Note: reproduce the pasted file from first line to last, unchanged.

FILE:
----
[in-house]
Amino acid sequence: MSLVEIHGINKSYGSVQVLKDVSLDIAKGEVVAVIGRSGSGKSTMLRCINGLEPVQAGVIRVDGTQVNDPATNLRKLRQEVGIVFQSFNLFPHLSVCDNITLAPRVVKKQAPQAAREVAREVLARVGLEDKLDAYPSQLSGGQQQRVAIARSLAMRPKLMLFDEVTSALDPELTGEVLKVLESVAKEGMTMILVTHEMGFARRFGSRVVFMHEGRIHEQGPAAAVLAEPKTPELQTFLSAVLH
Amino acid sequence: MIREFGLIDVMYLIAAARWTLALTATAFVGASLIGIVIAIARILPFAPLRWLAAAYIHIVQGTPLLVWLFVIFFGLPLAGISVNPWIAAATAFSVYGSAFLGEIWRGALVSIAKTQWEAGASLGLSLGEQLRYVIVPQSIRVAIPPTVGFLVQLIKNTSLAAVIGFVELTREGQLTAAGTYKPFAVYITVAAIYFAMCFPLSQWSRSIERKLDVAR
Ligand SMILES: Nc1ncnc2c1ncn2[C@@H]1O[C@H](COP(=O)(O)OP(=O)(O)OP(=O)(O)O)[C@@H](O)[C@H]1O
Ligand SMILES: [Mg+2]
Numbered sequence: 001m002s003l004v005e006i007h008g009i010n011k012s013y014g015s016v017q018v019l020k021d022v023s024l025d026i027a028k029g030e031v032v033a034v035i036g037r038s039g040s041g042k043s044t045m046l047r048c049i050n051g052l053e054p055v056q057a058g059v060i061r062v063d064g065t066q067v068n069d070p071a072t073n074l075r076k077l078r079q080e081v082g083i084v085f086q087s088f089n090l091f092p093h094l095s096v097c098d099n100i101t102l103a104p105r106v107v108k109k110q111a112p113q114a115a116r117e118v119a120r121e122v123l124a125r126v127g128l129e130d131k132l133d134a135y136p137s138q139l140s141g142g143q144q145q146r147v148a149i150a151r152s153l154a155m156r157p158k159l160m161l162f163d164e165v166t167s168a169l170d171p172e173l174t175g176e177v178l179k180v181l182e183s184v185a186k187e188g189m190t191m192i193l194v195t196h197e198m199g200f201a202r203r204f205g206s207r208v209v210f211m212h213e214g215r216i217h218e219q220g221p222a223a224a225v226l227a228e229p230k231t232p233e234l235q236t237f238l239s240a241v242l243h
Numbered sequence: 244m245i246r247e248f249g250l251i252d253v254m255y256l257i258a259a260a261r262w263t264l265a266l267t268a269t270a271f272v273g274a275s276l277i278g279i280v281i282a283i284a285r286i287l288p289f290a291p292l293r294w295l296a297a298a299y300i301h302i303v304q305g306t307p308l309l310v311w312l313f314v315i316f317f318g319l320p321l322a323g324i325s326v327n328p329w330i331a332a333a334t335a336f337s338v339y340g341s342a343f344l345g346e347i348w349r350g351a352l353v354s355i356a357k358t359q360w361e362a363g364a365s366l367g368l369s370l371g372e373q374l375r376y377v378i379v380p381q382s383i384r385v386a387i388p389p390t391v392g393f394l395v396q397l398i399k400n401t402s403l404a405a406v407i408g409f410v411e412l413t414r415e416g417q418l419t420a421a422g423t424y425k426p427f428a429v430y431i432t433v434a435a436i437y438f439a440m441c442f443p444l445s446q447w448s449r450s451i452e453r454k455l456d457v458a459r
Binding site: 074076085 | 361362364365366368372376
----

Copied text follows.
[in-house]
Amino acid sequence: MSLVEIHGINKSYGSVQVLKDVSLDIAKGEVVAVIGRSGSGKSTMLRCINGLEPVQAGVIRVDGTQVNDPATNLRKLRQEVGIVFQSFNLFPHLSVCDNITLAPRVVKKQAPQAAREVAREVLARVGLEDKLDAYPSQLSGGQQQRVAIARSLAMRPKLMLFDEVTSALDPELTGEVLKVLESVAKEGMTMILVTHEMGFARRFGSRVVFMHEGRIHEQGPAAAVLAEPKTPELQTFLSAVLH
Amino acid sequence: MIREFGLIDVMYLIAAARWTLALTATAFVGASLIGIVIAIARILPFAPLRWLAAAYIHIVQGTPLLVWLFVIFFGLPLAGISVNPWIAAATAFSVYGSAFLGEIWRGALVSIAKTQWEAGASLGLSLGEQLRYVIVPQSIRVAIPPTVGFLVQLIKNTSLAAVIGFVELTREGQLTAAGTYKPFAVYITVAAIYFAMCFPLSQWSRSIERKLDVAR
Ligand SMILES: Nc1ncnc2c1ncn2[C@@H]1O[C@H](COP(=O)(O)OP(=O)(O)OP(=O)(O)O)[C@@H](O)[C@H]1O
Ligand SMILES: [Mg+2]
Numbered sequence: 001m002s003l004v005e006i007h008g009i010n011k012s013y014g015s016v017q018v019l020k021d022v023s024l025d026i027a028k029g030e031v032v033a034v035i036g037r038s039g040s041g042k043s044t045m046l047r048c049i050n051g052l053e054p055v056q057a058g059v060i061r062v063d064g065t066q067v068n069d070p071a072t073n074l075r076k077l078r079q080e081v082g083i084v085f086q087s088f089n090l091f092p093h094l095s096v097c098d099n100i101t102l103a104p105r106v107v108k109k110q111a112p113q114a115a116r117e118v119a120r121e122v123l124a125r126v127g128l129e130d131k132l133d134a135y136p137s138q139l140s141g142g143q144q145q146r147v148a149i150a151r152s153l154a155m156r157p158k159l160m161l162f163d164e165v166t167s168a169l170d171p172e173l174t175g176e177v178l179k180v181l182e183s184v185a186k187e188g189m190t191m192i193l194v195t196h197e198m199g200f201a202r203r204f205g206s207r208v209v210f211m212h213e214g215r216i217h218e219q220g221p222a223a224a225v226l227a228e229p230k231t232p233e234l235q236t237f238l239s240a241v242l243h
Numbered sequence: 244m245i246r247e248f249g250l251i252d253v254m255y256l257i258a259a260a261r262w263t264l265a266l267t268a269t270a271f272v273g274a275s276l277i278g279i280v281i282a283i284a285r286i287l288p289f290a291p292l293r294w295l296a297a298a299y300i301h302i303v304q305g306t307p308l309l310v311w312l313f314v315i316f317f318g319l320p321l322a323g324i325s326v327n328p329w330i331a332a333a334t335a336f337s338v339y340g341s342a343f344l345g346e347i348w349r350g351a352l353v354s355i356a357k358t359q360w361e362a363g364a365s366l367g368l369s370l371g372e373q374l375r376y377v378i379v380p381q382s383i384r385v386a387i388p389p390t391v392g393f394l395v396q397l398i399k400n401t402s403l404a405a406v407i408g409f410v411e412l413t414r415e416g417q418l419t420a421a422g423t424y425k426p427f428a429v430y431i432t433v434a435a436i437y438f439a440m441c442f443p444l445s446q447w448s449r450s451i452e453r454k455l456d457v458a459r
Binding site: 074076085 | 361362364365366368372376